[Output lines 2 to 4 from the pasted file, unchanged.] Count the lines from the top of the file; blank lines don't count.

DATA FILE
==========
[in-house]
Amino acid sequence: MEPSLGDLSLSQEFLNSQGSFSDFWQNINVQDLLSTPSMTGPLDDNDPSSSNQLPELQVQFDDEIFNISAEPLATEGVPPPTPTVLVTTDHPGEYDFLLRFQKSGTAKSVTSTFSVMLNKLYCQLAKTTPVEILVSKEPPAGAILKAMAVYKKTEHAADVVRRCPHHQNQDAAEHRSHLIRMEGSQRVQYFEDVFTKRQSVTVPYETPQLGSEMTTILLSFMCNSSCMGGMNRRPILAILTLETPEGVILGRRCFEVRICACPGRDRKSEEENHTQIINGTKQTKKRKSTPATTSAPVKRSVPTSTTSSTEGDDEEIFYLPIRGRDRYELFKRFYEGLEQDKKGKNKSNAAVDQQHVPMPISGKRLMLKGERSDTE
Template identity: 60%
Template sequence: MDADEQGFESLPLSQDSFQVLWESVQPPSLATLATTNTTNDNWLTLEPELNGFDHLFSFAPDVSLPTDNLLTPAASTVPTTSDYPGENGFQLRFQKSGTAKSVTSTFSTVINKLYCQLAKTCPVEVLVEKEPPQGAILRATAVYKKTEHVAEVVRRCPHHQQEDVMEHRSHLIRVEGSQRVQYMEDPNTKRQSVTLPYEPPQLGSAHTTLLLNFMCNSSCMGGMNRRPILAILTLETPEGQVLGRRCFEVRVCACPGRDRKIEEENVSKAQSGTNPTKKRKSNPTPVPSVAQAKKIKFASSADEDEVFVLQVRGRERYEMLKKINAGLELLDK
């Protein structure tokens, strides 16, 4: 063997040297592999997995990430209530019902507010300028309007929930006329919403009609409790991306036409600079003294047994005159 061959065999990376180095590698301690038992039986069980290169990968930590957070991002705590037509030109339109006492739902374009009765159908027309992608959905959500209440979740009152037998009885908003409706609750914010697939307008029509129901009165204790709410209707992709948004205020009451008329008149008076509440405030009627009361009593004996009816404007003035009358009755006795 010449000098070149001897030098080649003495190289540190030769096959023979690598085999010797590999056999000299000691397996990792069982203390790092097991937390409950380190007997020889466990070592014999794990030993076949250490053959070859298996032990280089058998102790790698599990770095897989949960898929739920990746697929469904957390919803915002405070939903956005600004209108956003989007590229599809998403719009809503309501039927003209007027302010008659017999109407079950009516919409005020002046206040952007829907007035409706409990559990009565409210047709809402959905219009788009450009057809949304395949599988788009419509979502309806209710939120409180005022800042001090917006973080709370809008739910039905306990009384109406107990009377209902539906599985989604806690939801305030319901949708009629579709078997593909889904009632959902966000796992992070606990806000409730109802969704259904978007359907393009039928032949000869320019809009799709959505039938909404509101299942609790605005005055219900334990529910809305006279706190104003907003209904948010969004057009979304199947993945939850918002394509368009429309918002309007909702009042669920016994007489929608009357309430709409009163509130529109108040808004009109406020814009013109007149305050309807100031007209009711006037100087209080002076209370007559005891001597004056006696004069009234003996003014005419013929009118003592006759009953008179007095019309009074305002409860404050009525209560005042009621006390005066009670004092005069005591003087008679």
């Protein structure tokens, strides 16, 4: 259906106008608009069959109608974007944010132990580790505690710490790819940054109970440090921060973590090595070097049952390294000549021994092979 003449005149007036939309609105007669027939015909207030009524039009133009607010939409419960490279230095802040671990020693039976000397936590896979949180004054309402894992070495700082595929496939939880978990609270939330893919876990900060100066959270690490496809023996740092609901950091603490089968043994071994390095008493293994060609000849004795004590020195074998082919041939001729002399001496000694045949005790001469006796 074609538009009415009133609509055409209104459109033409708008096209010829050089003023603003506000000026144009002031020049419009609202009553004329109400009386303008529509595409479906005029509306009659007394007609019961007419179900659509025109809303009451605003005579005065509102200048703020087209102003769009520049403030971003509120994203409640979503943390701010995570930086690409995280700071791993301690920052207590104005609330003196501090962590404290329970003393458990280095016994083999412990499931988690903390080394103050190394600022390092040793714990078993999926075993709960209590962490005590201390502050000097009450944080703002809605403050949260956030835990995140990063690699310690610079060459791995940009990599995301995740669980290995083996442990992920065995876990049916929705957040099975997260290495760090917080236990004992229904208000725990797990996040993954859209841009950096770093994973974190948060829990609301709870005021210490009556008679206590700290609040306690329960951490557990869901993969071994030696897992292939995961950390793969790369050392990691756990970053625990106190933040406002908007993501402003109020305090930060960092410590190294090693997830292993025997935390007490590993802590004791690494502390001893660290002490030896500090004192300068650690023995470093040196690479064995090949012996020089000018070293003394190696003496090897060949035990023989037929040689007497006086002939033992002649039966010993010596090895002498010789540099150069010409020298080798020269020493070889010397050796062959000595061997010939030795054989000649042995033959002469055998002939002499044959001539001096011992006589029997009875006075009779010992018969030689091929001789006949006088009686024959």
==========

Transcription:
Amino acid sequence: MEPSLGDLSLSQEFLNSQGSFSDFWQNINVQDLLSTPSMTGPLDDNDPSSSNQLPELQVQFDDEIFNISAEPLATEGVPPPTPTVLVTTDHPGEYDFLLRFQKSGTAKSVTSTFSVMLNKLYCQLAKTTPVEILVSKEPPAGAILKAMAVYKKTEHAADVVRRCPHHQNQDAAEHRSHLIRMEGSQRVQYFEDVFTKRQSVTVPYETPQLGSEMTTILLSFMCNSSCMGGMNRRPILAILTLETPEGVILGRRCFEVRICACPGRDRKSEEENHTQIINGTKQTKKRKSTPATTSAPVKRSVPTSTTSSTEGDDEEIFYLPIRGRDRYELFKRFYEGLEQDKKGKNKSNAAVDQQHVPMPISGKRLMLKGERSDTE
Template identity: 60%
Template sequence: MDADEQGFESLPLSQDSFQVLWESVQPPSLATLATTNTTNDNWLTLEPELNGFDHLFSFAPDVSLPTDNLLTPAASTVPTTSDYPGENGFQLRFQKSGTAKSVTSTFSTVINKLYCQLAKTCPVEVLVEKEPPQGAILRATAVYKKTEHVAEVVRRCPHHQQEDVMEHRSHLIRVEGSQRVQYMEDPNTKRQSVTLPYEPPQLGSAHTTLLLNFMCNSSCMGGMNRRPILAILTLETPEGQVLGRRCFEVRVCACPGRDRKIEEENVSKAQSGTNPTKKRKSNPTPVPSVAQAKKIKFASSADEDEVFVLQVRGRERYEMLKKINAGLELLDK